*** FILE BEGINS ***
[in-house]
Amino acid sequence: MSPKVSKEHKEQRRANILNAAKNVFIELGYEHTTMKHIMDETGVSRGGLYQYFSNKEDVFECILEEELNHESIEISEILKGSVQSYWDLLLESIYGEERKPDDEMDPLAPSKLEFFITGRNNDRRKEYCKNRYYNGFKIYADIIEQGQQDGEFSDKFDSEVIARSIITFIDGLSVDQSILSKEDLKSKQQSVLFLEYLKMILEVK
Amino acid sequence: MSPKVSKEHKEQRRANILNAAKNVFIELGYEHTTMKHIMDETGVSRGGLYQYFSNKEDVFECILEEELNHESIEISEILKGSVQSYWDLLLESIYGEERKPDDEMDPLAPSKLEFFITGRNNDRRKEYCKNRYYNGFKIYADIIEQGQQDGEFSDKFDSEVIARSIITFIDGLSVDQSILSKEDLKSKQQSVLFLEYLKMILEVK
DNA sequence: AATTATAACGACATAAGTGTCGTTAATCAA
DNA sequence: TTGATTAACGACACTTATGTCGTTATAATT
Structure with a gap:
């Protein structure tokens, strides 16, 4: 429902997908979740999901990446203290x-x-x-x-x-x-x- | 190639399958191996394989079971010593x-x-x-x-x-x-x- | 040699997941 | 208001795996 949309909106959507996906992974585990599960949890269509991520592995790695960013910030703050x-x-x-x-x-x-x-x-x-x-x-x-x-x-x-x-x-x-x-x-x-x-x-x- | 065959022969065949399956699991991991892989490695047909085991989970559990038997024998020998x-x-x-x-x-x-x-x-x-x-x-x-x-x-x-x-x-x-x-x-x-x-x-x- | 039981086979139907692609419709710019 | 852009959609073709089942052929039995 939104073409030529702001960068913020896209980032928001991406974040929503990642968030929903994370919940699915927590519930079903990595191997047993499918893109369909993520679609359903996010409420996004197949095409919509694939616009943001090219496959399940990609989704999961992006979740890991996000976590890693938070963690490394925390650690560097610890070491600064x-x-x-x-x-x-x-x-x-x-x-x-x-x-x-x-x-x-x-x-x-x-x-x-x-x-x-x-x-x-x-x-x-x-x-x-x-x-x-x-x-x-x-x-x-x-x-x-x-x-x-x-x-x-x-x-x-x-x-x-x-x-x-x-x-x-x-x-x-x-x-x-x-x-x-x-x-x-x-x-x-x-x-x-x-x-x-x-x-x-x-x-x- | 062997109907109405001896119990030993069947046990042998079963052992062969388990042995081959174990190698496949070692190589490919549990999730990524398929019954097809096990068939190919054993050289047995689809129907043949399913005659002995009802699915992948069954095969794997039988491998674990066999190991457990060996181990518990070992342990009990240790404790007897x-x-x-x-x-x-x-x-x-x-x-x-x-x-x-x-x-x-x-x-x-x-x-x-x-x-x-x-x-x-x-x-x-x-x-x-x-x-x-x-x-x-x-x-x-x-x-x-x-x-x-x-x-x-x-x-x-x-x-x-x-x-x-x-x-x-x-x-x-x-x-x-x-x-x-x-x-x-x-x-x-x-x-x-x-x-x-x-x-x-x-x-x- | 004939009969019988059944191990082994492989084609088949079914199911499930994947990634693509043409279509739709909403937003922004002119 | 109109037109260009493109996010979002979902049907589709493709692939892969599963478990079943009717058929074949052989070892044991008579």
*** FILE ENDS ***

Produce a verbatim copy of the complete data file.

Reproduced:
[in-house]
Amino acid sequence: MSPKVSKEHKEQRRANILNAAKNVFIELGYEHTTMKHIMDETGVSRGGLYQYFSNKEDVFECILEEELNHESIEISEILKGSVQSYWDLLLESIYGEERKPDDEMDPLAPSKLEFFITGRNNDRRKEYCKNRYYNGFKIYADIIEQGQQDGEFSDKFDSEVIARSIITFIDGLSVDQSILSKEDLKSKQQSVLFLEYLKMILEVK
Amino acid sequence: MSPKVSKEHKEQRRANILNAAKNVFIELGYEHTTMKHIMDETGVSRGGLYQYFSNKEDVFECILEEELNHESIEISEILKGSVQSYWDLLLESIYGEERKPDDEMDPLAPSKLEFFITGRNNDRRKEYCKNRYYNGFKIYADIIEQGQQDGEFSDKFDSEVIARSIITFIDGLSVDQSILSKEDLKSKQQSVLFLEYLKMILEVK
DNA sequence: AATTATAACGACATAAGTGTCGTTAATCAA
DNA sequence: TTGATTAACGACACTTATGTCGTTATAATT
Structure with a gap:
């Protein structure tokens, strides 16, 4: 429902997908979740999901990446203290x-x-x-x-x-x-x- | 190639399958191996394989079971010593x-x-x-x-x-x-x- | 040699997941 | 208001795996 949309909106959507996906992974585990599960949890269509991520592995790695960013910030703050x-x-x-x-x-x-x-x-x-x-x-x-x-x-x-x-x-x-x-x-x-x-x-x- | 065959022969065949399956699991991991892989490695047909085991989970559990038997024998020998x-x-x-x-x-x-x-x-x-x-x-x-x-x-x-x-x-x-x-x-x-x-x-x- | 039981086979139907692609419709710019 | 852009959609073709089942052929039995 939104073409030529702001960068913020896209980032928001991406974040929503990642968030929903994370919940699915927590519930079903990595191997047993499918893109369909993520679609359903996010409420996004197949095409919509694939616009943001090219496959399940990609989704999961992006979740890991996000976590890693938070963690490394925390650690560097610890070491600064x-x-x-x-x-x-x-x-x-x-x-x-x-x-x-x-x-x-x-x-x-x-x-x-x-x-x-x-x-x-x-x-x-x-x-x-x-x-x-x-x-x-x-x-x-x-x-x-x-x-x-x-x-x-x-x-x-x-x-x-x-x-x-x-x-x-x-x-x-x-x-x-x-x-x-x-x-x-x-x-x-x-x-x-x-x-x-x-x-x-x-x-x- | 062997109907109405001896119990030993069947046990042998079963052992062969388990042995081959174990190698496949070692190589490919549990999730990524398929019954097809096990068939190919054993050289047995689809129907043949399913005659002995009802699915992948069954095969794997039988491998674990066999190991457990060996181990518990070992342990009990240790404790007897x-x-x-x-x-x-x-x-x-x-x-x-x-x-x-x-x-x-x-x-x-x-x-x-x-x-x-x-x-x-x-x-x-x-x-x-x-x-x-x-x-x-x-x-x-x-x-x-x-x-x-x-x-x-x-x-x-x-x-x-x-x-x-x-x-x-x-x-x-x-x-x-x-x-x-x-x-x-x-x-x-x-x-x-x-x-x-x-x-x-x-x-x- | 004939009969019988059944191990082994492989084609088949079914199911499930994947990634693509043409279509739709909403937003922004002119 | 109109037109260009493109996010979002979902049907589709493709692939892969599963478990079943009717058929074949052989070892044991008579």